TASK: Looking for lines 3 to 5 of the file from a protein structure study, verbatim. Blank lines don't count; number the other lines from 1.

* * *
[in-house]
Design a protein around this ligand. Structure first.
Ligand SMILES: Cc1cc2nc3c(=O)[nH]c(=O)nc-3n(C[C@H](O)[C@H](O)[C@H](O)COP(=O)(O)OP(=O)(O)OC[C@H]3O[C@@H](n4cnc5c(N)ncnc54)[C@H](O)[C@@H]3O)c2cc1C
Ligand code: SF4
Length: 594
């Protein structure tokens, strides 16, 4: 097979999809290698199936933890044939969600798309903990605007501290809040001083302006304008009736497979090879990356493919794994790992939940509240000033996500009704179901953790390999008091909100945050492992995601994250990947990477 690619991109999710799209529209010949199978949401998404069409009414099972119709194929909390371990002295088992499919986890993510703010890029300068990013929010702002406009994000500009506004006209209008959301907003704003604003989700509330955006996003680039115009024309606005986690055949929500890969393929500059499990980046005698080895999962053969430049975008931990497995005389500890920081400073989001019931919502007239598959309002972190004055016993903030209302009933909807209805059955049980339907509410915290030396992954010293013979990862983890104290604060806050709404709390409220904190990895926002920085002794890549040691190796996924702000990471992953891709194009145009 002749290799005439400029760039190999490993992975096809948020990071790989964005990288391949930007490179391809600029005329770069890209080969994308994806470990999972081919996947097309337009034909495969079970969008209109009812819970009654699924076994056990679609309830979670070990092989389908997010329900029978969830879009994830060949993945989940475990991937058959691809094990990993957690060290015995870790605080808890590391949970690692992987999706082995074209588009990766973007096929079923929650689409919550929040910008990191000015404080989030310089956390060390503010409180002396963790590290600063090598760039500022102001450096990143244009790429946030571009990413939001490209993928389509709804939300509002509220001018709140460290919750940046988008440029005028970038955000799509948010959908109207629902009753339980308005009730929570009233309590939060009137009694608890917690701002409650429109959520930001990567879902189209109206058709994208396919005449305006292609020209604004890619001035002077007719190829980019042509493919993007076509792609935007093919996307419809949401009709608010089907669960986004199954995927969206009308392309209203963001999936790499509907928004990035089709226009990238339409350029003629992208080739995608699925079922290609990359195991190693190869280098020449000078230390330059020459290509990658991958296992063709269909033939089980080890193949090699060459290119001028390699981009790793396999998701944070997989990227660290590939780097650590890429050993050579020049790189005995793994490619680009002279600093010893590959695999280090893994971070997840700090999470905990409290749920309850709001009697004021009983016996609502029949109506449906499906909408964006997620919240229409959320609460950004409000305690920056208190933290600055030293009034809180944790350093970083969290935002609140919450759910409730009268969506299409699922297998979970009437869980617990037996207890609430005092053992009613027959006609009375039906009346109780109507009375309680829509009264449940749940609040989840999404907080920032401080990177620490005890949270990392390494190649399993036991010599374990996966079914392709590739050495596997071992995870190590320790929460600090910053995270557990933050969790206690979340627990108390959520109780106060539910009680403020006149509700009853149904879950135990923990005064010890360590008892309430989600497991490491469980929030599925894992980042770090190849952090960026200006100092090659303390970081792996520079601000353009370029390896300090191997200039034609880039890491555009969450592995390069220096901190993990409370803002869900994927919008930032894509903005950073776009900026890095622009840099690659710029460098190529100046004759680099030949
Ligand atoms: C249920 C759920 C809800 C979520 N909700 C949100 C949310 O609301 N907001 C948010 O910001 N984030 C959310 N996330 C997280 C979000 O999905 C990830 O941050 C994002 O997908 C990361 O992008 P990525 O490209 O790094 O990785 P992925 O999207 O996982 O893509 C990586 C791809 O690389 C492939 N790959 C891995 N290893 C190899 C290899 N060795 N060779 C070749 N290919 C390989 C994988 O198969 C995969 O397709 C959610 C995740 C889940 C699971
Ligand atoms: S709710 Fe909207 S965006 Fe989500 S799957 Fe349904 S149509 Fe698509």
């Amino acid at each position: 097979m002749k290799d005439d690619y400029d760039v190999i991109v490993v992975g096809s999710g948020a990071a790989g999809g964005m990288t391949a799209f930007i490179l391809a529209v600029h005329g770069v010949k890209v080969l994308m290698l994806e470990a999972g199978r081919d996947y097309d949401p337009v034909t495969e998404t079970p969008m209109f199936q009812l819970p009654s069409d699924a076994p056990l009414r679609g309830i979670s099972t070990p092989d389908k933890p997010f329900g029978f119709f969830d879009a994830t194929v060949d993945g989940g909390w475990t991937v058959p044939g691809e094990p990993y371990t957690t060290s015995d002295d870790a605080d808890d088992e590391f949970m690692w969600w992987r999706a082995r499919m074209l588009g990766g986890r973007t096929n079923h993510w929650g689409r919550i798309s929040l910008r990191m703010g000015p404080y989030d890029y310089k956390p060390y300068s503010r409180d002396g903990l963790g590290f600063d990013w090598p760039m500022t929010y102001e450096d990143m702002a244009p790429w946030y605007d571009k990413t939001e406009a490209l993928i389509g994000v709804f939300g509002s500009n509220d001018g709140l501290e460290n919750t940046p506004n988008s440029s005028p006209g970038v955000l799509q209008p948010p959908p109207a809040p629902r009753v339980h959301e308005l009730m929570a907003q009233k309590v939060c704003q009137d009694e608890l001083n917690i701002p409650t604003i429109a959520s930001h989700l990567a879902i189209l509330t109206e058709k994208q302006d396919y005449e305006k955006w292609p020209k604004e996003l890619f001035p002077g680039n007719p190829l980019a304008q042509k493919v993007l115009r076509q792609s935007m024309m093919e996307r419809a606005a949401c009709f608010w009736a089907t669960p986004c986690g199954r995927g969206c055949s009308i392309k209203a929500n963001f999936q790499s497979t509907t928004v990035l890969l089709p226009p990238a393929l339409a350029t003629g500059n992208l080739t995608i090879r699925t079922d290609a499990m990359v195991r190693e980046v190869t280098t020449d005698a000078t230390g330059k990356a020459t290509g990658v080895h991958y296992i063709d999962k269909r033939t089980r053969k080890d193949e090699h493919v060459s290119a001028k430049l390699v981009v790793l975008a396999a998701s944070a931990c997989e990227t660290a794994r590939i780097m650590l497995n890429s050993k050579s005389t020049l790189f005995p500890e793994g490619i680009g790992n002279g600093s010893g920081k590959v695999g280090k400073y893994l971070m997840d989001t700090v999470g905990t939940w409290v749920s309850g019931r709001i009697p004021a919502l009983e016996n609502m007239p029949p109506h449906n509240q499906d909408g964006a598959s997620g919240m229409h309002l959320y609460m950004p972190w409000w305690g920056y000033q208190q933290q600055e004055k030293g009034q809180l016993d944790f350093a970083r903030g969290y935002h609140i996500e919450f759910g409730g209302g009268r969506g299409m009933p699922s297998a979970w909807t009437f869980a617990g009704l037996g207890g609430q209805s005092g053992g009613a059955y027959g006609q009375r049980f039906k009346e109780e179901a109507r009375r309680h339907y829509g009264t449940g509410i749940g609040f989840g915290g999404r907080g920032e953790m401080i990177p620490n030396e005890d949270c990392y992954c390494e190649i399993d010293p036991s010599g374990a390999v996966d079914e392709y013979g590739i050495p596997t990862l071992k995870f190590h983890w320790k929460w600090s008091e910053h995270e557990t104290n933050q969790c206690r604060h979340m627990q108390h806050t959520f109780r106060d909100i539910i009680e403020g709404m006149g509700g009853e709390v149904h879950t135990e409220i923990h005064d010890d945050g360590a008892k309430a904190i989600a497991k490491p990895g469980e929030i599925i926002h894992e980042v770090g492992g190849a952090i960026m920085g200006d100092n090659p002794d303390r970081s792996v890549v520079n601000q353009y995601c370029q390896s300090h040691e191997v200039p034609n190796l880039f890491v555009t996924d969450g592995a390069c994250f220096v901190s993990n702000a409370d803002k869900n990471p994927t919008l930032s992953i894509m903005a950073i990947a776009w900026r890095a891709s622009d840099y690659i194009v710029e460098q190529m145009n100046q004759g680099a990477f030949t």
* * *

Ligand SMILES: Cc1cc2nc3c(=O)[nH]c(=O)nc-3n(C[C@H](O)[C@H](O)[C@H](O)COP(=O)(O)OP(=O)(O)OC[C@H]3O[C@@H](n4cnc5c(N)ncnc54)[C@H](O)[C@@H]3O)c2cc1C
Ligand code: SF4
Length: 594